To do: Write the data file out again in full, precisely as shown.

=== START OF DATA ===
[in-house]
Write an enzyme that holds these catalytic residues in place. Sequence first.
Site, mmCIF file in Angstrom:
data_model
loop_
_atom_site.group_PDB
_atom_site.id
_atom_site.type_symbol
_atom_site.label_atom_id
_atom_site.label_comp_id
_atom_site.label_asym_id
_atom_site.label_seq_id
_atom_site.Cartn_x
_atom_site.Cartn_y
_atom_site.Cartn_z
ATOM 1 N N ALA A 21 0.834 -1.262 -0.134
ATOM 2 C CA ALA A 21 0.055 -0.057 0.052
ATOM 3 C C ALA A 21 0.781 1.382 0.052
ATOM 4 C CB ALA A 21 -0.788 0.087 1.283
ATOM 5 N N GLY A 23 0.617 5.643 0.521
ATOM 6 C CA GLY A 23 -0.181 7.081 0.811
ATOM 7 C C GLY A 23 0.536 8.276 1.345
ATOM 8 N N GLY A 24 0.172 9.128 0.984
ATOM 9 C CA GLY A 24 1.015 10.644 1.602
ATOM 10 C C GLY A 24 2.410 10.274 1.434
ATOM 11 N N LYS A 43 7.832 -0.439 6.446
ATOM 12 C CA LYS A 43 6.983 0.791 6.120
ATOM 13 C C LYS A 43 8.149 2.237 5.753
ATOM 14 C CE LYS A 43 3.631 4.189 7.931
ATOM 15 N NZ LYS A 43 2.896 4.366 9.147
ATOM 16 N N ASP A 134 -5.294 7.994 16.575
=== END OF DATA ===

[in-house]
Write an enzyme that holds these catalytic residues in place. Sequence first.
Site, mmCIF file in Angstrom:
data_model
loop_
_atom_site.group_PDB
_atom_site.id
_atom_site.type_symbol
_atom_site.label_atom_id
_atom_site.label_comp_id
_atom_site.label_asym_id
_atom_site.label_seq_id
_atom_site.Cartn_x
_atom_site.Cartn_y
_atom_site.Cartn_z
ATOM 1 N N ALA A 21 0.834 -1.262 -0.134
ATOM 2 C CA ALA A 21 0.055 -0.057 0.052
ATOM 3 C C ALA A 21 0.781 1.382 0.052
ATOM 4 C CB ALA A 21 -0.788 0.087 1.283
ATOM 5 N N GLY A 23 0.617 5.643 0.521
ATOM 6 C CA GLY A 23 -0.181 7.081 0.811
ATOM 7 C C GLY A 23 0.536 8.276 1.345
ATOM 8 N N GLY A 24 0.172 9.128 0.984
ATOM 9 C CA GLY A 24 1.015 10.644 1.602
ATOM 10 C C GLY A 24 2.410 10.274 1.434
ATOM 11 N N LYS A 43 7.832 -0.439 6.446
ATOM 12 C CA LYS A 43 6.983 0.791 6.120
ATOM 13 C C LYS A 43 8.149 2.237 5.753
ATOM 14 C CE LYS A 43 3.631 4.189 7.931
ATOM 15 N NZ LYS A 43 2.896 4.366 9.147
ATOM 16 N N ASP A 134 -5.294 7.994 16.575